Despite high levels of stock market volatility over the last 12 months, BUT has retained its solid relative performance record, with above-average NAV total returns over the last one, three and five years, ranking seventh, second and sixth, respectively. Considering this achievement, one may consider that the trust’s above-average discount is unwarranted. BUT’s ongoing charge is in line with the mean, its gearing is modestly below the sector mean and its dividend is below average, ranking seventh out of 13 funds.

Exhibit 8: AIC Global sector at 12 May 2023*

% unless stated

Market
cap £m

NAV TR
1 year

NAV TR
3 year

NAV TR
5 year

NAV TR
10 year

Discount
(cum-fair)

Ongoing charge

Perf.
fee

Net gearing

Dividend yield

Brunner Investment Trust

454.7

7.3

45.0

43.0

134.4

(11.6)

0.6

No

106

2.0

Alliance Trust

2,860.9

8.1

40.5

43.4

145.3

(6.3)

0.6

No

105

2.4

AVI Global Trust

904.3

1.9

55.2

36.2

115.3

(11.0)

0.9

No

109

1.7

Bankers Investment Trust

1,267.0

6.0

27.8

37.4

146.2

(10.7)

0.5

No

106

2.3

F&C Investment Trust

4,649.2

2.7

34.5

40.7

158.8

(4.2)

0.5

No

108

1.5

Keystone Positive Change Inv

127.0

15.3

(7.4)

(29.9)

2.6

(17.0)

0.9

No

108

5.5

Lindsell Train Investment Trust

210.0

7.5

17.5

63.9

364.9

(3.1)

0.8

Yes

100

5.0

Manchester & London Inv Trust

164.8

5.9

(13.8)

9.9

70.9

(12.0)

0.7

Yes

100

3.4

Martin Currie Global Portfolio

261.9

15.7

19.3

49.2

157.6

0.6

0.7

No

111

1.2

Mid Wynd International Inv Trust

437.3

(0.0)

26.8

50.1

196.2

(2.8)

0.6

No

105

1.0

Monks Investment Trust

2,249.4

8.3

18.0

34.8

168.2

(11.3)

0.4

No

105

0.2

Scottish Mortgage Inv Trust

8,741.3

(2.9)

13.1

59.6

357.8

(22.3)

0.3

No

116

0.6

Witan Investment Trust

1,503.6

7.6

39.0

20.9

117.9

(8.8)

0.8

Yes

113

2.5

Average (13 funds)

1,833.2

6.4

24.3

35.3

164.3

(9.3)

0.6

107

2.3

BUT rank in sector

8

7

2

6

9

10

7

7

7

Source: Morningstar, Edison Investment Research. Note: *Performance to 11 May 2023 based on ex-par NAV. TR = total return. Net gearing is total assets less cash and equivalents as a percentage of net assets.

Dividends: 51-year run of higher payments

BUT has a very distinguished dividend history; its annual distributions have increased for the past 51 consecutive years, at an average rate above the level of UK inflation. In FY22, the trust’s earnings per share of 22.7p were 11.3% higher than 20.4p in FY21. The annual dividend of 21.5p per share was 6.7% higher year-on-year. After the payment of the FY22 final dividend BUT had 25.9p per share in revenue reserves (4.9% higher than 24.7p per share in FY21), which is equivalent to c 1.2x the FY22 distribution.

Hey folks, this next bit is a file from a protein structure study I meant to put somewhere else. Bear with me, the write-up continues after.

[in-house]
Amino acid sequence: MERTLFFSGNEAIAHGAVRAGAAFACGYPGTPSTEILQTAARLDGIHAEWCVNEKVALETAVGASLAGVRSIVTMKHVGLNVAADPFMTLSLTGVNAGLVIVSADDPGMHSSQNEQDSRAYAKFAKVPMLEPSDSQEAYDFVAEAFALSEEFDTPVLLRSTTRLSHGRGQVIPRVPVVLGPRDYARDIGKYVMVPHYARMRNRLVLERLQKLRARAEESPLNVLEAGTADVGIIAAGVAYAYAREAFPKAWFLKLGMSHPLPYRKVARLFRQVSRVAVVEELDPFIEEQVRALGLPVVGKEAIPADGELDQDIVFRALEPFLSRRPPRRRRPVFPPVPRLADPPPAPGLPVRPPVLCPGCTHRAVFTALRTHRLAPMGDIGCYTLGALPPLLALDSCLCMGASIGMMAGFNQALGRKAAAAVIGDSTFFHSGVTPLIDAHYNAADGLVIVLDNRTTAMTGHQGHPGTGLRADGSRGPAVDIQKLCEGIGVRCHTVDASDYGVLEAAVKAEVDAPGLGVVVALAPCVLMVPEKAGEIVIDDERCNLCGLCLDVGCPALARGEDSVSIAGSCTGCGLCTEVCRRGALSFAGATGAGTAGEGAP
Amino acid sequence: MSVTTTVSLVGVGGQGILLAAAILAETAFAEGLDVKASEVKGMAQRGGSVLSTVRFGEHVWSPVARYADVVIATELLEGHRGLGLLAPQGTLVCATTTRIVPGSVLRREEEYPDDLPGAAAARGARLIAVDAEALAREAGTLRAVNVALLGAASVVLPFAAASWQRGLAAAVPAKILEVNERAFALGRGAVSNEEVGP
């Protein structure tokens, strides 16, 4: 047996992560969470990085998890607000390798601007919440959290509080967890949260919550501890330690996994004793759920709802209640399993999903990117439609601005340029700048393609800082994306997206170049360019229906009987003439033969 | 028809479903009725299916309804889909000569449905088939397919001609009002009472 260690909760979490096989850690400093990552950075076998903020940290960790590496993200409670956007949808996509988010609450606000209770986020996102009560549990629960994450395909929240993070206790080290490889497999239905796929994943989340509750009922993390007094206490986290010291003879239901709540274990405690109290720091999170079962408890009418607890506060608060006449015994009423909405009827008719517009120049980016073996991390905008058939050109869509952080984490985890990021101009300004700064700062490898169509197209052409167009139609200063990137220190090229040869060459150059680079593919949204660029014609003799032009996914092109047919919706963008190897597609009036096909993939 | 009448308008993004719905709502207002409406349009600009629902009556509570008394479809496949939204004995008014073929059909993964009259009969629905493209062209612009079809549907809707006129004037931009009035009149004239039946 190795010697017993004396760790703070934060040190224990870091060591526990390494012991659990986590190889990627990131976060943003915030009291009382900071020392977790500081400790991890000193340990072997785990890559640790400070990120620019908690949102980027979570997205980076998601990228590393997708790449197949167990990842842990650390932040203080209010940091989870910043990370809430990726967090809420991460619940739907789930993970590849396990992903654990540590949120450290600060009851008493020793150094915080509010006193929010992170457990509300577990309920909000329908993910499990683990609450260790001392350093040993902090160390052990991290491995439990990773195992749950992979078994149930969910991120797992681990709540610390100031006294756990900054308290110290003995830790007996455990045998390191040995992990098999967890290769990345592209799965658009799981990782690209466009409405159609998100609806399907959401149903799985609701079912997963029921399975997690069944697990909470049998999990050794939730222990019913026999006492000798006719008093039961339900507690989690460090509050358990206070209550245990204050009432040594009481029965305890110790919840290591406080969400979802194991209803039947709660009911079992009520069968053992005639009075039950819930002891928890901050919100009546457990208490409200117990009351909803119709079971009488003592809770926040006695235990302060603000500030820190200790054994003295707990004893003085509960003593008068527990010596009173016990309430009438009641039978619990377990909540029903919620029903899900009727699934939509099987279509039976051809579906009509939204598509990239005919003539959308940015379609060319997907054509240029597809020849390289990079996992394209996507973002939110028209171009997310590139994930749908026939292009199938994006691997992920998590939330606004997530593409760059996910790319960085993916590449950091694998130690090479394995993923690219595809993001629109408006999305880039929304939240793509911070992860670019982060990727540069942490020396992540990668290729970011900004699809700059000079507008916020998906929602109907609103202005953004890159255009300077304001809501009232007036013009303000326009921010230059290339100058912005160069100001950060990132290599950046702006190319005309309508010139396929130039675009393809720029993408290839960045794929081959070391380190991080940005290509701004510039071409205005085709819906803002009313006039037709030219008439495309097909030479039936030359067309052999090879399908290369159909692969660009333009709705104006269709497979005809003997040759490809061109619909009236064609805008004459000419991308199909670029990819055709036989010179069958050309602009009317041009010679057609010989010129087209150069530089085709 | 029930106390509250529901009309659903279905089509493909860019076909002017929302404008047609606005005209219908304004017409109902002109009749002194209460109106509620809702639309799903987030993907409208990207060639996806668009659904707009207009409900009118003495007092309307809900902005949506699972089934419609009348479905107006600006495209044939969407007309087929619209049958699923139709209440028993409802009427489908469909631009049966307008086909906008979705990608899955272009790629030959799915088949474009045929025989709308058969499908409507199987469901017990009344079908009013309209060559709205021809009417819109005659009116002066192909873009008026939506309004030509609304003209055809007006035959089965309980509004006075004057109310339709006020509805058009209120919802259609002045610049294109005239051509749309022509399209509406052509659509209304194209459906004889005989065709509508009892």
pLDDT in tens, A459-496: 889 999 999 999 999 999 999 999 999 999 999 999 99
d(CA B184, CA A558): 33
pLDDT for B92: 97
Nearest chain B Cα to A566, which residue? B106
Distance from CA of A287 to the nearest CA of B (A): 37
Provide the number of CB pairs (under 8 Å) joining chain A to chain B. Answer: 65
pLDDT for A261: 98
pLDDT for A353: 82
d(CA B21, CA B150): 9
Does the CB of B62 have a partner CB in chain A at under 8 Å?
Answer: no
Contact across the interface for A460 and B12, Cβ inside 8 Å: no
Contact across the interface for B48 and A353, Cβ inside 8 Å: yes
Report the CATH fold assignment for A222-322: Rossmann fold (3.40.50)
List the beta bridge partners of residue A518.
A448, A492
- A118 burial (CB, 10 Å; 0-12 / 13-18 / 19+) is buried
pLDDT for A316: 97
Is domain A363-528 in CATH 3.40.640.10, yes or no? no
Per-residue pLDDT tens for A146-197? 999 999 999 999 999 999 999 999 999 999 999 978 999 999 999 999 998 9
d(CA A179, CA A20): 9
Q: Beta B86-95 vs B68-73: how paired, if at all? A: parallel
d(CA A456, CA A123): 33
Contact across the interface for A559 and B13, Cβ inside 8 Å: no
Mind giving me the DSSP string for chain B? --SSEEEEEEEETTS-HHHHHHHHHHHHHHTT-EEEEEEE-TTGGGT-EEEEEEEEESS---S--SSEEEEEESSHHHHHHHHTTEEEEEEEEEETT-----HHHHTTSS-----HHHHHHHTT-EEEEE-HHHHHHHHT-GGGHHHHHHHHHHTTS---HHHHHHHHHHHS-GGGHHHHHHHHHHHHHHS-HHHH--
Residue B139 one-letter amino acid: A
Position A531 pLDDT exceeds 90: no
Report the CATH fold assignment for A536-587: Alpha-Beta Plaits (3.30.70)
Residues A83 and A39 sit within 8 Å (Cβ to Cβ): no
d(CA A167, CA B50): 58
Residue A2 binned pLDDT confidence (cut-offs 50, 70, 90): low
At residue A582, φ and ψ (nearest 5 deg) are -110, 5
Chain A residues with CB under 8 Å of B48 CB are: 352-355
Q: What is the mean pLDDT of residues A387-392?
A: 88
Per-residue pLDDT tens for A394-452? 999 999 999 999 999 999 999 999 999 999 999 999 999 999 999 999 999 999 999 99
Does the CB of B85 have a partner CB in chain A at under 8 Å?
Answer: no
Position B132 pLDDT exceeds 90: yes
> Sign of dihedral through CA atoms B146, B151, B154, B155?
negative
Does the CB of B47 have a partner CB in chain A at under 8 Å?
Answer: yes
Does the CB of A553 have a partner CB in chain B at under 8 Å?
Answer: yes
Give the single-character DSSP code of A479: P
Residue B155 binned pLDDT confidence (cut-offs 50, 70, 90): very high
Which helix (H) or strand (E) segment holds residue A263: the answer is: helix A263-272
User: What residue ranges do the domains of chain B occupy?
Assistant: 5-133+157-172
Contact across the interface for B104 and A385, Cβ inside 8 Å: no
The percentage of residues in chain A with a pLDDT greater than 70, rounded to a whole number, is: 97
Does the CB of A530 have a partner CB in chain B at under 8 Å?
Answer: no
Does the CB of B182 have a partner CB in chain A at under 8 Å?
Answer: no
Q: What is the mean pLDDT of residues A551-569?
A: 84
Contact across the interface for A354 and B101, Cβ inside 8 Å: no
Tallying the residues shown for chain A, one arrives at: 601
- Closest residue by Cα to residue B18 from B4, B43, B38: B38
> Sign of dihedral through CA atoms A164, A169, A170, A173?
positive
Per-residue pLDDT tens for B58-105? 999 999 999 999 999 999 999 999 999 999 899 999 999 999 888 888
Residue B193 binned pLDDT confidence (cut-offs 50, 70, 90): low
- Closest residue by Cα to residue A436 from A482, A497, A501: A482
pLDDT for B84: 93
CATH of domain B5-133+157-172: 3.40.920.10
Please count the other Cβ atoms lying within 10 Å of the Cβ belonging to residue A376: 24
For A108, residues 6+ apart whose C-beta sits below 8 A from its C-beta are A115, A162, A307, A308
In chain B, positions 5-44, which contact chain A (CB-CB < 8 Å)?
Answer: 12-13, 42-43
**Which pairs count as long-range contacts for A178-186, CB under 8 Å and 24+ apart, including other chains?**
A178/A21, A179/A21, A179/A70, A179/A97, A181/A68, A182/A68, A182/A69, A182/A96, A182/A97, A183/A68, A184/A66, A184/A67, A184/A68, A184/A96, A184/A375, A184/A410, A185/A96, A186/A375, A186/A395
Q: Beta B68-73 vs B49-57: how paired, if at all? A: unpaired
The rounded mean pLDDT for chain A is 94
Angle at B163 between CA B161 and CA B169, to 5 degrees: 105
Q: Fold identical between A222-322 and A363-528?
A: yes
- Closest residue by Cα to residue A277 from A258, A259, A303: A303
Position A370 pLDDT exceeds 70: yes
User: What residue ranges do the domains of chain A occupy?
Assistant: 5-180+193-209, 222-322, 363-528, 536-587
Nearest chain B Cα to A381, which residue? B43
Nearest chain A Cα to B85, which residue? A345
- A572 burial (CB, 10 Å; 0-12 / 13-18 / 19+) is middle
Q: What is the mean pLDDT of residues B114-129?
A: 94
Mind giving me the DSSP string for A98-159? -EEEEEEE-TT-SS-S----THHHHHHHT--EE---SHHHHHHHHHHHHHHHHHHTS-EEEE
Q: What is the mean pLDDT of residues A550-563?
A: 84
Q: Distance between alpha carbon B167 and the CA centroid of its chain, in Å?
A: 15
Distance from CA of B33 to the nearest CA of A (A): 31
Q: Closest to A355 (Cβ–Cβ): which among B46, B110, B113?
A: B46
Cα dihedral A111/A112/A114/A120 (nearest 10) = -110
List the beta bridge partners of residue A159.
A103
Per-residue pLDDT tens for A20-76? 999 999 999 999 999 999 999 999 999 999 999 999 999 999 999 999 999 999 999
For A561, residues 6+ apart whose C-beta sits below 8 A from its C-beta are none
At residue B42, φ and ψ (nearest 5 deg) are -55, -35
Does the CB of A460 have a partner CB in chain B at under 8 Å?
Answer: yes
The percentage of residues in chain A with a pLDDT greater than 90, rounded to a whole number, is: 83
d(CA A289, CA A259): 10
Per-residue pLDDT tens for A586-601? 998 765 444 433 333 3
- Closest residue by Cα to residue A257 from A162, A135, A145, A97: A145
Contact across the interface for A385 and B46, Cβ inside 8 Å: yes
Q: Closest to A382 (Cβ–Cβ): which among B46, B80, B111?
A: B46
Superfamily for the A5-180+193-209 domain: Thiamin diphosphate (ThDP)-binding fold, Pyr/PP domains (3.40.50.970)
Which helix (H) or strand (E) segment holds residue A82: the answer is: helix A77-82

Exhibit 9: Dividend history since FY17

Source: Bloomberg, Edison Investment Research

Valuation: Range-bound discount over the last year

An overhang in BUT’s shares was removed following Aviva’s sale of its residual holding in the trust in April 2021. BUT’s discount subsequently narrowed, but widened again in 2022 in an environment of rising interest rates and increased investor risk aversion. Over the last year, the trust has broadly traded in a 10–15% discount range. The latest 11.0% share price discount to cum-income NAV is not dissimilar to the 10.6% to 11.9% range of discounts over the last one, three, five and 10 years.

Exhibit 10: Discount over three years (%)

Exhibit 11: Buybacks and issuance

Source: Refinitiv, Edison Investment Research

Source: Morningstar, Edison Investment Research

Exhibit 10: Discount over three years (%)

Source: Refinitiv, Edison Investment Research

Exhibit 11: Buybacks and issuance

Source: Morningstar, Edison Investment Research

Fund profile: Balanced focus on growth and income

BUT is one of the oldest UK investment trusts (launched in January 1927) and is listed on the Main Market of the London Stock Exchange. Former lead manager Matthew Tillett stepped down in July 2022 and the trust now has two co-lead managers: Christian Schneider, who is deputy CIO of AllianzGI’s global growth team, and Julian Bishop, who was formerly a global equity portfolio manager with Tesco Pension Investment. Schneider and Bishop work closely with Marcus Morris-Eyton, who is a growth equity specialist and Simon Gergel, who is AllianzGI’s CIO UK Equities.

The managers aim to generate long-term growth in capital and income from a diversified portfolio of global equities, and BUT’s performance is measured against a composite benchmark (70% World ex-UK Index and 30% broad UK index, versus a 50:50 split until 21 March 2017). To mitigate risk, a maximum 10% of gross assets (at the time of investment) may be invested in a single holding, while the portfolio must contain at least 50 stocks. Gearing of up to 20% of NAV (at the time of borrowing) is permitted. BUT has a long-term record of dividend growth: its annual distribution has increased in each of the past 51 consecutive years, compounding at a rate higher than the level of UK inflation.

Investment process: Fundamental stock selection

The managers aim to generate long-term capital growth and a growing level of income from a portfolio of global equities that is diversified by geography and sector. BUT’s portfolio currently consists of 60 stocks, with 85% invested in companies with market caps greater than $10bn and is selected from an investible universe of c 6,000 securities. Positions may be sold if there is a change in the investment case, on valuation grounds or if a better opportunity is identified. Portfolio turnover is running at c 15% pa, implying around a seven-year holding period. The BUT investment philosophy is based on three pillars:

Quality – seeking companies with stable or improving, above-average returns (important features are long-term competitive advantages, operating in a business with high barriers to entry, strong balance sheets, well-respected management teams and sound environmental, social and governance (ESG) credentials).